News
News
12/23/2005
12:31 PM
Connect Directly
RSS
E-Mail
50%
50%
Repost This

IBM Exec Says Microsoft Standards Plan Has 'Bizarre Restrictions'

The document format that Microsoft submitted to ECMA is "not collaborative," among other issues, a rival charges.

Microsoft's move to sidestep the OASIS OpenDocument format (ODF) standard by making its own standards submission to the European ECMA standards body appears to contain 'bizarre restrictions' and are designed to give Microsoft 'complete control by tying products' together, IBM's standards chief said in an interview Friday.

Bob Sutor, IBM's vice president of standards and open source, said he expects ECMA to issue "a blessing" of Microsoft's submission. "I don't expect it to be a standards process," he said.

However, Sutor said he holds out hope that the two competing standards sides--OASIS and ECMA--could one day "converge" their approaches, if two standards are developed.

The formats issue over office software has been galvanized in recent months around a struggle in the Massachusetts state government. As things stand now, the state's Informational Technology division has stipulated that OASIS' ODF be the state's standard, beginning in 2007. Microsoft has challenged that position and has gathered important political and legislative support that is attempting to amend the IT ruling in Microsoft's favor. The pro-Microsoft officials have cited Microsoft's submission to ECMA as a way to challenge the ODF standard.

Sharp lines in the sand over the issue have been drawn, with IBM and Sun Microsystems favoring the OASIS standard while Microsoft has picked up its most influential support for its ECMA position from Apple Computer and Intel. Two co-chairs at the ECMA unit are Microsoft representatives. IBM has representatives at the European organization, but will not participate in the review of Microsoft's 1900-page-plus submission.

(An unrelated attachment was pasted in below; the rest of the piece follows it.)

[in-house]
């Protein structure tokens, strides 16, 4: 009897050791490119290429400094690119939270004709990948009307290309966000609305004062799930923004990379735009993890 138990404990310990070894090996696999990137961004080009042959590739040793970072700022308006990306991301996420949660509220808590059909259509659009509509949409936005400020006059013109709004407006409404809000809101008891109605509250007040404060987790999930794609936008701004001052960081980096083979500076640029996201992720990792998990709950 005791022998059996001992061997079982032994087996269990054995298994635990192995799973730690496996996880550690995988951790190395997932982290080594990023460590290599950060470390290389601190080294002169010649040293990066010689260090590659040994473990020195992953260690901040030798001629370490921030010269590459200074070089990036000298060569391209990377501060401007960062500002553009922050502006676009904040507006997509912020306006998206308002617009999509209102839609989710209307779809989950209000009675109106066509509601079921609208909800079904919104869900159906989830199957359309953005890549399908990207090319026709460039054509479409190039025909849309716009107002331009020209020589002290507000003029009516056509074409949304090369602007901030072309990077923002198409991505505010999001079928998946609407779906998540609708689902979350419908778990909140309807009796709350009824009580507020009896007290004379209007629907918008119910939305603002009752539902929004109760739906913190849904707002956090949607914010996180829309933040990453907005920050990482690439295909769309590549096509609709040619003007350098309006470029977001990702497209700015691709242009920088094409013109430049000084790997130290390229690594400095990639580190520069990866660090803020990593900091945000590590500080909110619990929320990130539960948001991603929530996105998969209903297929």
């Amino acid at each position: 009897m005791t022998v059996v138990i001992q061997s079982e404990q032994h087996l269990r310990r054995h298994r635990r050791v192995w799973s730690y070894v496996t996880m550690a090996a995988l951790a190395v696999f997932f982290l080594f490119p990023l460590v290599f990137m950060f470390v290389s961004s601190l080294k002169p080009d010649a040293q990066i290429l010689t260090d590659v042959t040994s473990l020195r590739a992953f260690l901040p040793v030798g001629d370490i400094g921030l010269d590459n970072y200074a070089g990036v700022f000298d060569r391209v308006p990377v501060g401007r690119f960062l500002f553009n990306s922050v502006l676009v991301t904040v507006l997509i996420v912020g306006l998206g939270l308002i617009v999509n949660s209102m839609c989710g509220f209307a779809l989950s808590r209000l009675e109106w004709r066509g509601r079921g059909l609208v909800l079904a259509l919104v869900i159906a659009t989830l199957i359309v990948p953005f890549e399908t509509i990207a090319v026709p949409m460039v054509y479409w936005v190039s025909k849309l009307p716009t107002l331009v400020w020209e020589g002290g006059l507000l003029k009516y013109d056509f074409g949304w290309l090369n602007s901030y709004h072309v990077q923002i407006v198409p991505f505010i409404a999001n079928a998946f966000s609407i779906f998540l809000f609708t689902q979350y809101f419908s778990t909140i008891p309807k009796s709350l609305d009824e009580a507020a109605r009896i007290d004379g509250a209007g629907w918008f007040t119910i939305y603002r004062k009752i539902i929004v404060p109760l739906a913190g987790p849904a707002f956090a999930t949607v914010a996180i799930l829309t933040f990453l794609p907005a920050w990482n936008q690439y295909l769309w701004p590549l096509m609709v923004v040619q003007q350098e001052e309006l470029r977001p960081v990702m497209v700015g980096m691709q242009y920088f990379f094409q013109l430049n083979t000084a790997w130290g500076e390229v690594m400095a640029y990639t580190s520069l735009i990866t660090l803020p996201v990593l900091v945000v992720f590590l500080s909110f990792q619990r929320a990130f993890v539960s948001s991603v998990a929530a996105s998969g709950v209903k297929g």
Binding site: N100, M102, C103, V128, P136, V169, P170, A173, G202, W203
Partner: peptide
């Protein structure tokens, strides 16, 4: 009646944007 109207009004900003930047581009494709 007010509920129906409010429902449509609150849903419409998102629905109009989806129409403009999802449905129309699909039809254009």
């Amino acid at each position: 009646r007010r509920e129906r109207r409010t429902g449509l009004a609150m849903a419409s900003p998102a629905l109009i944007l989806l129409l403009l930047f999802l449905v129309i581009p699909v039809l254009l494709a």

While the office software standards controversy has wallowed in arcane format details, the matter involves several billion dollars of annual profits. Microsoft is said to collect billions of dollars in annual profits alone from its popular office software.

Previous
1 of 2
Next
Comment  | 
Print  | 
More Insights
The Agile Archive
The Agile Archive
When it comes to managing data, donít look at backup and archiving systems as burdens and cost centers. A well-designed archive can enhance data protection and restores, ease search and e-discovery efforts, and save money by intelligently moving data from expensive primary storage systems.
Register for InformationWeek Newsletters
White Papers
Current Issue
InformationWeek Elite 100 - 2014
Our InformationWeek Elite 100 issue -- our 26th ranking of technology innovators -- shines a spotlight on businesses that are succeeding because of their digital strategies. We take a close at look at the top five companies in this year's ranking and the eight winners of our Business Innovation awards, and offer 20 great ideas that you can use in your company. We also provide a ranked list of our Elite 100 innovators.
Video
Slideshows
Twitter Feed
Audio Interviews
Archived Audio Interviews
GE is a leader in combining connected devices and advanced analytics in pursuit of practical goals like less downtime, lower operating costs, and higher throughput. At GIO Power & Water, CIO Jim Fowler is part of the team exploring how to apply these techniques to some of the world's essential infrastructure, from power plants to water treatment systems. Join us, and bring your questions, as we talk about what's ahead.